Now that pandemic restrictions have finally lifted, conferences and professional development events are making their triumphant return around the country. And since they’re such a great opportunity to learn and be curious, that has us pretty excited.
The Brand New Conference is a two-day event in Austin, Texas, organized by UnderConsideration, and is a direct extension of the Brand New blog. The 16 sessions offer a broad range of perspectives with speakers from around the world working in different environments—everything from small, independent firms to global consultancies.
We weren’t about to be left out of the fun. So we sent three of our designers to explore the conference and learn more about what turns ordinary brands into smart, creative juggernauts.
Here’s what they learned.
Strategy First. Design Second.
How does a designer make their work stand out in a society inundated with advertising?
According to Art Director Nicholas Reese, it’s all about strategy and resonance.
“You can’t just be a graphic designer,” he said. “You also have to be a strategist. During the conference, one of the speakers, Shruthi Manjula, said our job was to build bridges between human beings, not walls of limitations. And that’s what we do as designers: We strategize how to build those bridges.”
For Nicholas, the biggest takeaway from the conference was the importance of strategic thought and communication when creating good design work.
“You have to actively engage with your audience and communicate a product or message that improves their lives,” Nicholas said. “You can’t do that by putting a logo or product image in front of them. You need to make a connection, build a bridge into their space, and be special to them.”
There are plenty of innovative ways to make these connections. Patagonia, for example, wears its purpose on its waterproof, PFC-free, Fair Trade Certified sleeves. In its latest act, the Patagonia Purpose Trust was created to hold 100% of the voting stocks while 100% of nonvoting stocks were given to Holdfast Collective, a nonprofit dedicated to preserving the earth. Additionally, 1% of profits—which the company has always donated—will now be used specifically to combat climate change, with founder Yvon Chouinard proudly stating that the earth “is our only shareholder.” As a result, Patagonia gained a ton of positive brand recognition, marking itself as something special to its customers.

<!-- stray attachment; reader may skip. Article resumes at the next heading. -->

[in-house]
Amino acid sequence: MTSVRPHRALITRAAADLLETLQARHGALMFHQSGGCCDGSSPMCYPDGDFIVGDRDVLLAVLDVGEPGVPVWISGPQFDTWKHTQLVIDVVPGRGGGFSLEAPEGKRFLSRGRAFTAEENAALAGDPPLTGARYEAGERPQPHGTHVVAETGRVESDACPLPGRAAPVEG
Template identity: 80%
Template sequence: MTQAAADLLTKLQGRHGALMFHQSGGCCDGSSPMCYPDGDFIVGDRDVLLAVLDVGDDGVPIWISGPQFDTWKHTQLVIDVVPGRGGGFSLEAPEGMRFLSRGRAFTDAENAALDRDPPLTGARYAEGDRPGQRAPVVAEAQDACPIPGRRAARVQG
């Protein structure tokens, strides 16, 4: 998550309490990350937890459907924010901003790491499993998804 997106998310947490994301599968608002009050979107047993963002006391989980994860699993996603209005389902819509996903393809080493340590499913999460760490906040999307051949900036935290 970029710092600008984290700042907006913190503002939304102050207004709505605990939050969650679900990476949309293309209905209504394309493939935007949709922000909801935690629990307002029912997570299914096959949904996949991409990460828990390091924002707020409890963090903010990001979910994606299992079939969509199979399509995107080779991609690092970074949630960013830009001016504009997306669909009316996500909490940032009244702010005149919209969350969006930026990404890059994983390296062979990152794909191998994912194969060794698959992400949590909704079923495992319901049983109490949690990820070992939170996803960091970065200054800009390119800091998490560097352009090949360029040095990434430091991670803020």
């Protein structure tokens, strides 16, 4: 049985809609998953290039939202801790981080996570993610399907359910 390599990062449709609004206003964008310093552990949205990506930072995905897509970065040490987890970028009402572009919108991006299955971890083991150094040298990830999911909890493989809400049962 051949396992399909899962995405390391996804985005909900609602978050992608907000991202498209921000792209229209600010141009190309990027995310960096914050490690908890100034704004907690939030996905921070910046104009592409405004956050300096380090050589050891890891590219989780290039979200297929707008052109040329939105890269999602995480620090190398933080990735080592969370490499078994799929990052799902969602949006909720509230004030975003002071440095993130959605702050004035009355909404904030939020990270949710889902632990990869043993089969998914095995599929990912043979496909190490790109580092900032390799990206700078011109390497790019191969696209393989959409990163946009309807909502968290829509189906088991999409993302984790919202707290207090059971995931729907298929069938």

AI on the Horizon
Designer Chad Wysong noted the growing concern among artists that the profession could become obsolete as more and more people resort to using AI-generated art and design. As Chad put it, so much more goes into design than just the work itself. There’s a lot of deep critical thinking involved, and that’s something machines and algorithms can’t replicate. Working alongside AI is completely possible, and all it really takes is a small change in how we work.
“AI can make things that have high craft value and are efficient, but what it can’t do is create strong original creative ideas,” Chad said. “If we shift our mindset to focus less on craft and more on creation, we can commit more time to generating better ideas and strategy.”
How does AI fit in? AI can take the repetitive work that goes into creating things like ad variations off designers’ hands. That means more impactful work moves through the shop more efficiently.
Better Not Best
Production Designer Chad “Von” Borstel said good design was about pursuing one simple concept: progress over perfection.
Von said speaker Jeremy Mickle of MCKL Inc. changed his perspective on his own work as a designer. Mickle told his audience that he often struggled with wanting to create the “perfect” design, and that climb to perfection hindered his work.
“As creatives, we are always comparing our work and ourselves to others in the industry, and it can be hard to not look down on yourself or your work.” Von noted. “But even in quiet times or with simpler projects, you’re still learning and gaining skills, progressing as an artist.
“It’s about having a further understanding of your field and the steps you need to take to make a design good and explain why it works.”
As design evolves, so too must the strategies designers use to create and relate to the world around them. It’s all about staying curious and being willing to learn and adapt. And getting a Brand New perspective is something we can all appreciate.